“In these debates we see the lack of information and awareness, as well as European political ignorance. This does not help people get orientated.
“According to me, this manipulation aims at discouraging people, especially the younger voters, who are not from the solid cores of the parties,” Purvanova said.
* Two and a half million Bulgarian citizens are working outside their home country. “Our opponents say that these people have fled because of democracy, but the real reason is the poverty orchestrated by the ‘reds’ which has led to massive bankruptcies,” GERB candidate and sitting MEP Andrey Kovachev said at a meeting with citizens in Varna.
Kovachev said that in his tours around the country, he got the impression that the worst situation was in northwestern Bulgaria : “In these ‘red’ castles, I mean Vratsa , Montana and Bardarski Geran, people want to vote for their own, but do not ask why the continue living in poverty and misery.”
The most important questions that were put to him during the discussion were related to health care, according to a GERB statement.
Kovachev said that if re- elected MEP, he would work actively for access to quality health services for Bulgarians. “It will help people through the European Patients’ Forum. One idea is to develop a strategy for the prevention of chronic diseases , the goal is for it to be implemented by EU funds,” Kovachev said.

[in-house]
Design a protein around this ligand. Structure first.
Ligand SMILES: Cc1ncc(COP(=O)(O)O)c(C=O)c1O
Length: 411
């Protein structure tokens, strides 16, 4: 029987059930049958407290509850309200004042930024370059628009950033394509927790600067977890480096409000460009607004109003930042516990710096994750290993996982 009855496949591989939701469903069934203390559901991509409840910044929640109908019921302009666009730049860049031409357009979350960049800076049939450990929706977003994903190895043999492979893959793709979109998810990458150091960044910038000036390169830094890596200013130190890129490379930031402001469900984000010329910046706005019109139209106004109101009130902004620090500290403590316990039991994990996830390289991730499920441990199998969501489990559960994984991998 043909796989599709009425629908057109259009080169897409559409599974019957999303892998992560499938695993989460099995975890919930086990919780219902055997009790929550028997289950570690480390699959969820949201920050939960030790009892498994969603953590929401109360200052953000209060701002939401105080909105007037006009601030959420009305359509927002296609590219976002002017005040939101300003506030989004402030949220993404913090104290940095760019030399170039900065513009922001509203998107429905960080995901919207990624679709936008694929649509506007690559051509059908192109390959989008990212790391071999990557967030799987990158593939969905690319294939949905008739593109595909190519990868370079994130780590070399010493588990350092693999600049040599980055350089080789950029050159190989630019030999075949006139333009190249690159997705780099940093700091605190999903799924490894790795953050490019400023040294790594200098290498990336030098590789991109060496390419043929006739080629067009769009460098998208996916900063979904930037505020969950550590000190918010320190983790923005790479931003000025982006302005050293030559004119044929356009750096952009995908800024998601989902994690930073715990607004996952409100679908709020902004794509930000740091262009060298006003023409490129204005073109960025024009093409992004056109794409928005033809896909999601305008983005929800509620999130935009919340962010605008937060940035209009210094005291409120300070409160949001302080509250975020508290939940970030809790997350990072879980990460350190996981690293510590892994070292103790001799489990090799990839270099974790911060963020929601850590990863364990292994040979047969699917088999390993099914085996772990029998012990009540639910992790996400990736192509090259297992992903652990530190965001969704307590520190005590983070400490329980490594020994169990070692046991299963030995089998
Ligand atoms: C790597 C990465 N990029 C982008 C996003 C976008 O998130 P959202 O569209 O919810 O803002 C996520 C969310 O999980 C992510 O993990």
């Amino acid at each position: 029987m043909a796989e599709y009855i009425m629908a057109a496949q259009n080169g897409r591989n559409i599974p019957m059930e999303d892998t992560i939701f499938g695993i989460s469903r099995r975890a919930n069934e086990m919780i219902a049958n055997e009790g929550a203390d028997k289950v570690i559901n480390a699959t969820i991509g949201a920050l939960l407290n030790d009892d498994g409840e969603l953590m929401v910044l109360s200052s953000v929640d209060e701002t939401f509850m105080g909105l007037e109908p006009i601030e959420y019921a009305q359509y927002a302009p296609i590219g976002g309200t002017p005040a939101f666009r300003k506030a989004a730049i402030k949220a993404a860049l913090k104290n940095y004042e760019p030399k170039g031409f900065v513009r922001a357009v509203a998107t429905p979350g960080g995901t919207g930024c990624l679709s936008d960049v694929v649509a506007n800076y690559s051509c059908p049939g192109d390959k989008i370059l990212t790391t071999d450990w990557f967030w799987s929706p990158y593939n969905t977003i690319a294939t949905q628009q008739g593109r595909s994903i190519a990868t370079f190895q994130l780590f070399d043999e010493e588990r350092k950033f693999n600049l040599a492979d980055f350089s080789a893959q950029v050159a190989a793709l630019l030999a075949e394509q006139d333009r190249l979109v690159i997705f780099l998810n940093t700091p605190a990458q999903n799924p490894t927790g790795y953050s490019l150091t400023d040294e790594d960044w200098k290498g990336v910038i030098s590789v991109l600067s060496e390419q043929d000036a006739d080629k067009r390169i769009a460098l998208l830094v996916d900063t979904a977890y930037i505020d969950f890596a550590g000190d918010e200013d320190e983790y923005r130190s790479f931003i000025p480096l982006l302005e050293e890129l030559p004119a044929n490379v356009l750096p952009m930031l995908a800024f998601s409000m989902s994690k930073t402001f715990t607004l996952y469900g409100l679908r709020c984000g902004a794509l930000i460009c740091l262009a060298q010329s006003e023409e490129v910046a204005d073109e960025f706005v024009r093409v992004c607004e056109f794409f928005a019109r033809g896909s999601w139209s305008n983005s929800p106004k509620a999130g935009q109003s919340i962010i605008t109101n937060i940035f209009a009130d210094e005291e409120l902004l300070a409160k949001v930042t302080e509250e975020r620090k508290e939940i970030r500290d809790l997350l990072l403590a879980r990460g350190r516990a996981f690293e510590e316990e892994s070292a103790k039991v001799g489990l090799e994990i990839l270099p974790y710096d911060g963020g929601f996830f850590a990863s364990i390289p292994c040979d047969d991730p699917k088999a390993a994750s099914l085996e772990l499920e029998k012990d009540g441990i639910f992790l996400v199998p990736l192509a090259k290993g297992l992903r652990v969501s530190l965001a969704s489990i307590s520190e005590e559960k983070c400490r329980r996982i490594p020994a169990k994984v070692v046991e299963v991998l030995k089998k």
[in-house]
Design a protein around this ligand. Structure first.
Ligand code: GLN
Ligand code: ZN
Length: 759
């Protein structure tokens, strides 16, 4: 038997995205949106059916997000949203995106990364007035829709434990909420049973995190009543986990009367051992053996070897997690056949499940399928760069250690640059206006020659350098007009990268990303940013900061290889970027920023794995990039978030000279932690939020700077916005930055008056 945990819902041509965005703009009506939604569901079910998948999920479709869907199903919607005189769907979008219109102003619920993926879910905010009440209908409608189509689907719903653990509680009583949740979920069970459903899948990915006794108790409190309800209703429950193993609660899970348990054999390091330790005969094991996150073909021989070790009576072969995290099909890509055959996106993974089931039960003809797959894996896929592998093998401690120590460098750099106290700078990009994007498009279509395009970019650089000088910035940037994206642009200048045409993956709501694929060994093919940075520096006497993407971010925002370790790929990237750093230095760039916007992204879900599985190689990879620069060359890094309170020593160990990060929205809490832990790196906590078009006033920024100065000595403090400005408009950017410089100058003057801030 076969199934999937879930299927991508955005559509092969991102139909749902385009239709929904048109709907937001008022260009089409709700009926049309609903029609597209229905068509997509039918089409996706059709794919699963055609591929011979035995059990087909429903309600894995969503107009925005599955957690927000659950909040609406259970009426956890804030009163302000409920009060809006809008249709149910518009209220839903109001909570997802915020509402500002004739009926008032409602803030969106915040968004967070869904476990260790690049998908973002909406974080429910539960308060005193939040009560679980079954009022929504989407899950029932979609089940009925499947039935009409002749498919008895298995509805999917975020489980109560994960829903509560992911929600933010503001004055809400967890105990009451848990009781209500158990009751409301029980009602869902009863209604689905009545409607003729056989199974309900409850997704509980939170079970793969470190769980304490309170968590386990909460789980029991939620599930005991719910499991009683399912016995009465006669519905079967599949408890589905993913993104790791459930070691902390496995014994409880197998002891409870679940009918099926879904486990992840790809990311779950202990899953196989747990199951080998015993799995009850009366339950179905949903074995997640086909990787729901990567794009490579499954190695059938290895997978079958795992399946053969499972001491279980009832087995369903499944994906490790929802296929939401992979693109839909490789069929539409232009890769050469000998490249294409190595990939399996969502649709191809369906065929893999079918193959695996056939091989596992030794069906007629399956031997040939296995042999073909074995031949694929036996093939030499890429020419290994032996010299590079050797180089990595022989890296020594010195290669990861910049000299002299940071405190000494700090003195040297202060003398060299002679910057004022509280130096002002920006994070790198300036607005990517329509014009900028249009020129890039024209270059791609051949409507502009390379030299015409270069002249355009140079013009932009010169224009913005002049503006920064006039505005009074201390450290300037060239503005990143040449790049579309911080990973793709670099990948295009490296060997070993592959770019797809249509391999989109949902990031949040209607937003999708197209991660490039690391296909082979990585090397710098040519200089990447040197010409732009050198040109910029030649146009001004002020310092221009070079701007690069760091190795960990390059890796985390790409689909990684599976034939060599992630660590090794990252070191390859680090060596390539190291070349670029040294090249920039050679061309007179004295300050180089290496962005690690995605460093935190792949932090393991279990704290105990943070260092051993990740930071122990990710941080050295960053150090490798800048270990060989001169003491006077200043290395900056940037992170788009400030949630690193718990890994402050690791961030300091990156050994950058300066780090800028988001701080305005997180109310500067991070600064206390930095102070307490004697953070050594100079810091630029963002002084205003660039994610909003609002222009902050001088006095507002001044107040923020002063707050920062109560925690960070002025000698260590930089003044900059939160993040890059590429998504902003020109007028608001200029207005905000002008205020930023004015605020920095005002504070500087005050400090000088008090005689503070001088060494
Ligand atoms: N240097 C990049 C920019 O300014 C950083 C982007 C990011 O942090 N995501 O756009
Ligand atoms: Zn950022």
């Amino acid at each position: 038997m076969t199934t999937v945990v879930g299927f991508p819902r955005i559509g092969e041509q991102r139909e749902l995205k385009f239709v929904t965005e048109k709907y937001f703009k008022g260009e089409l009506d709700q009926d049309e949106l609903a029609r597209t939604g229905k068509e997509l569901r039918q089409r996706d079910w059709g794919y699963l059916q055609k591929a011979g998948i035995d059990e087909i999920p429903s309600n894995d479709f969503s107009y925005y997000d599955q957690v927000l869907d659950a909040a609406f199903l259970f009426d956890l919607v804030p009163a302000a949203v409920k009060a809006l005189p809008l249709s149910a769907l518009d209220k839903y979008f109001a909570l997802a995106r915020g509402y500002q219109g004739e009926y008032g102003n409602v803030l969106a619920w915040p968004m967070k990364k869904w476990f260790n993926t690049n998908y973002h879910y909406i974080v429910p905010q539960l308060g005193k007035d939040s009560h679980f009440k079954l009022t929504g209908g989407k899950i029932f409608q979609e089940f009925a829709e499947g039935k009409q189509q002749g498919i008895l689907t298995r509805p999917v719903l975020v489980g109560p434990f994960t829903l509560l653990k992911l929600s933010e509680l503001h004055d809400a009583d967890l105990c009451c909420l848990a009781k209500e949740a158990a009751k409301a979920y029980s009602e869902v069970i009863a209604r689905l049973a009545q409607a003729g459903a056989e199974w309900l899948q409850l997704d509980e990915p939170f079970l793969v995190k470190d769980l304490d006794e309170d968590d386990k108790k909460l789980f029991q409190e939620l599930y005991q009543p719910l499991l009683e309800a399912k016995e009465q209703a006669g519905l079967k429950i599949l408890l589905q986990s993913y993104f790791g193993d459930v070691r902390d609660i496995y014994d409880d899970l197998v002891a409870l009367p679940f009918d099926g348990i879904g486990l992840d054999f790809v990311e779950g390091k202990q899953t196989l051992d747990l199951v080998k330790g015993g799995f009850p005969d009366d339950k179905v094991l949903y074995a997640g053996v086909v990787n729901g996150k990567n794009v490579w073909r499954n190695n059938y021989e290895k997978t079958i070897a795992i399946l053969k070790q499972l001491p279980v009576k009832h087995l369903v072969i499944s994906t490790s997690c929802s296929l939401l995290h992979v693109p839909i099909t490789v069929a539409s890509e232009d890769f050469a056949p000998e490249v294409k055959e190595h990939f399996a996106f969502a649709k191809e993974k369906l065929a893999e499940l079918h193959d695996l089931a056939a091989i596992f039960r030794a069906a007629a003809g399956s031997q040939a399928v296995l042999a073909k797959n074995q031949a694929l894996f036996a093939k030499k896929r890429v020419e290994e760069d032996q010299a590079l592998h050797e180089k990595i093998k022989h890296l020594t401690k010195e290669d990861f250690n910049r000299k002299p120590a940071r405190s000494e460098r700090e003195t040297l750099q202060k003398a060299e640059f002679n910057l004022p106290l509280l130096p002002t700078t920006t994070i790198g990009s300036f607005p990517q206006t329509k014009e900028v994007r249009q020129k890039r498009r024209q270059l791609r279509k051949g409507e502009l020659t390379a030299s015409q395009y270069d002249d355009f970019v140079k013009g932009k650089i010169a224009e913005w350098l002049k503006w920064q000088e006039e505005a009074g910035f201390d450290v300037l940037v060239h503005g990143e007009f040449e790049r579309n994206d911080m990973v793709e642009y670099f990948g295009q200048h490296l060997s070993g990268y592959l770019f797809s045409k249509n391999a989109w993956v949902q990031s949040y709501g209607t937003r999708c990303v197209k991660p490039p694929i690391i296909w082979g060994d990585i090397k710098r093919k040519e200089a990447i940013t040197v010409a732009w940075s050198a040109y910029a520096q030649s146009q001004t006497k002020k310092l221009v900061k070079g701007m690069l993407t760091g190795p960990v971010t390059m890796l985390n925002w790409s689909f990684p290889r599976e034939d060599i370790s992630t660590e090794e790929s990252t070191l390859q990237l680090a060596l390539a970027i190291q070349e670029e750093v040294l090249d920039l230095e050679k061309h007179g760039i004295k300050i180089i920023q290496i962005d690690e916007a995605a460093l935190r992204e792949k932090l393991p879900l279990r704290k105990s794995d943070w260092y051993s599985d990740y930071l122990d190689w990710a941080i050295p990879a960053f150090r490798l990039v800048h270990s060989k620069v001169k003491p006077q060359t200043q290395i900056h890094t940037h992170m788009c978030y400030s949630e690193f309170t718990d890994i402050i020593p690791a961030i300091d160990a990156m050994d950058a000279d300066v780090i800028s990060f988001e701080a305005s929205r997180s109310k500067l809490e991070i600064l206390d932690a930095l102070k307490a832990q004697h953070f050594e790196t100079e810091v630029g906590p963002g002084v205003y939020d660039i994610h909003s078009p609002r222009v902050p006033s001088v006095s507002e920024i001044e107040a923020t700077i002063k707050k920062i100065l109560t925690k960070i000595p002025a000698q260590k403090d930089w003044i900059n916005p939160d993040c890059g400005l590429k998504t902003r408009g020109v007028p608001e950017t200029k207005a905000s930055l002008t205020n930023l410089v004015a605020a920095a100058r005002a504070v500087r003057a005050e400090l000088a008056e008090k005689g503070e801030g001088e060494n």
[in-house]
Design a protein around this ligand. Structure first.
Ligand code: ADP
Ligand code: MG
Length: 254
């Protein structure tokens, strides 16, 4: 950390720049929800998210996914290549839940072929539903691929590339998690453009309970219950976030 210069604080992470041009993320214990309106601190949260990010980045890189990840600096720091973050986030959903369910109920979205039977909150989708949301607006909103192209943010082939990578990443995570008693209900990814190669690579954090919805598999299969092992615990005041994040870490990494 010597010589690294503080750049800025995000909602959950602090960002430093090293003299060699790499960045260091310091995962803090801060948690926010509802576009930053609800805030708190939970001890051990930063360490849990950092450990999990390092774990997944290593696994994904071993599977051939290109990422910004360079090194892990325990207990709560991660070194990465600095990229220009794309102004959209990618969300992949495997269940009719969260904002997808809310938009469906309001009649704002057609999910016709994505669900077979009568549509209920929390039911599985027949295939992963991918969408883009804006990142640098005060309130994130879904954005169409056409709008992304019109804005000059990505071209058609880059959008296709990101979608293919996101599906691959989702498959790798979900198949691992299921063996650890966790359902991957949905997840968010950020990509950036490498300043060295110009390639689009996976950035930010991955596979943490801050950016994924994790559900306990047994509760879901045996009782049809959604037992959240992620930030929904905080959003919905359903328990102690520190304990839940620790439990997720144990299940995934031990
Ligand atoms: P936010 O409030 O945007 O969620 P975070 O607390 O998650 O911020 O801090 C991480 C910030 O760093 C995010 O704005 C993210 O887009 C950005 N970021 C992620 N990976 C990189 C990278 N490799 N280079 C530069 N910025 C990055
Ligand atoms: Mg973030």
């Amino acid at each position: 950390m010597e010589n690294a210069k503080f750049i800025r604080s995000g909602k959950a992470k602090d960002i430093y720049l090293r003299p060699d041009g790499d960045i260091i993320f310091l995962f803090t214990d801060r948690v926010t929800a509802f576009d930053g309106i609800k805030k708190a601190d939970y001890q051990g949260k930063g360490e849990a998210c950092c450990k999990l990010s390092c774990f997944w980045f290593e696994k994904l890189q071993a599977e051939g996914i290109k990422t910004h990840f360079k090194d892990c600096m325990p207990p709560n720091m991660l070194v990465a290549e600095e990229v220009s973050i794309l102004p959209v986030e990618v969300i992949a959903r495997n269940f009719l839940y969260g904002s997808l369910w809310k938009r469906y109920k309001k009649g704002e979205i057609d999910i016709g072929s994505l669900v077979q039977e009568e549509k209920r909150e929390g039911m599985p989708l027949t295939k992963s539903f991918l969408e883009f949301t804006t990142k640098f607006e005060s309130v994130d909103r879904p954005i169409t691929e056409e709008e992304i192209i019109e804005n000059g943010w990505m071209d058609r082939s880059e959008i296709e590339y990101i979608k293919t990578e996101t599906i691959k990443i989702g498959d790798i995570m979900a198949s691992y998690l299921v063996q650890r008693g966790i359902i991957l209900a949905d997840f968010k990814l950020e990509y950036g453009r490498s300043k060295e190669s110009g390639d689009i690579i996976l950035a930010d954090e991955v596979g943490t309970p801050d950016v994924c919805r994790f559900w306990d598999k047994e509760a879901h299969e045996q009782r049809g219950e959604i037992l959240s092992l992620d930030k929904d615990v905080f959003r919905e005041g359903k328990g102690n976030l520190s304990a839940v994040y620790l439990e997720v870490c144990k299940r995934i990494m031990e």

* Bulgaria was one of the first countries to recognise the People’s Republic of China, and this was an essential basis for the friendship because China has a rich history and the Chinese nation has a long memory, BSP leader and election candidate list leader Sergei Stanishev said at a meeting with a delegation from the People’s Republic of China, according to the BSP website.
“In the transition years our political, diplomatic and cultural relations have continued successfully. I am delighted by the rapid, dynamic development of your country in the last decades and the consistent solution of a number of problems that always exist in a state, especially of this magnitude,” Stanishev said.
He said that Bulgaria was interested in China being its leading partner in Asia.
“The two parties, the BSP and the Communist Party of China, have a long lasting relationship . Not surprisingly, all the leaders of our party visited the People’s Republic,” Stanishev said.
He expressed hope the personal and political relationships that have been established in both countries, and between the two parties, would extend to economic ones, the BSP statement said.
* Nearly 2000 people attended a Veliko Tarnovo election meeting with MRF leader Lutfi Mestan and MRF MEP candidates, the party’s website said.
* As of May 20. the Bulgarian Interior Ministry will offer an all-hours hotline for people to report tip-offs about irregularities or possible crimes connected with the European Parliament elections.
The number of the hotline is 02/982 22 32; fax: 02/982 56 46, and e-mail: [email protected].
“Every single report received at the Interior Ministry will be immediately reported to the prosecutor’s office in charge. The person, who has submitted the alert, will receive feedback. This measure is aimed at guaranteeing transparency,” Interior Ministry chief secretary Svetlozar Lazarov said.
(Main photo, of the Alfa Ataka billboards: Protest Network)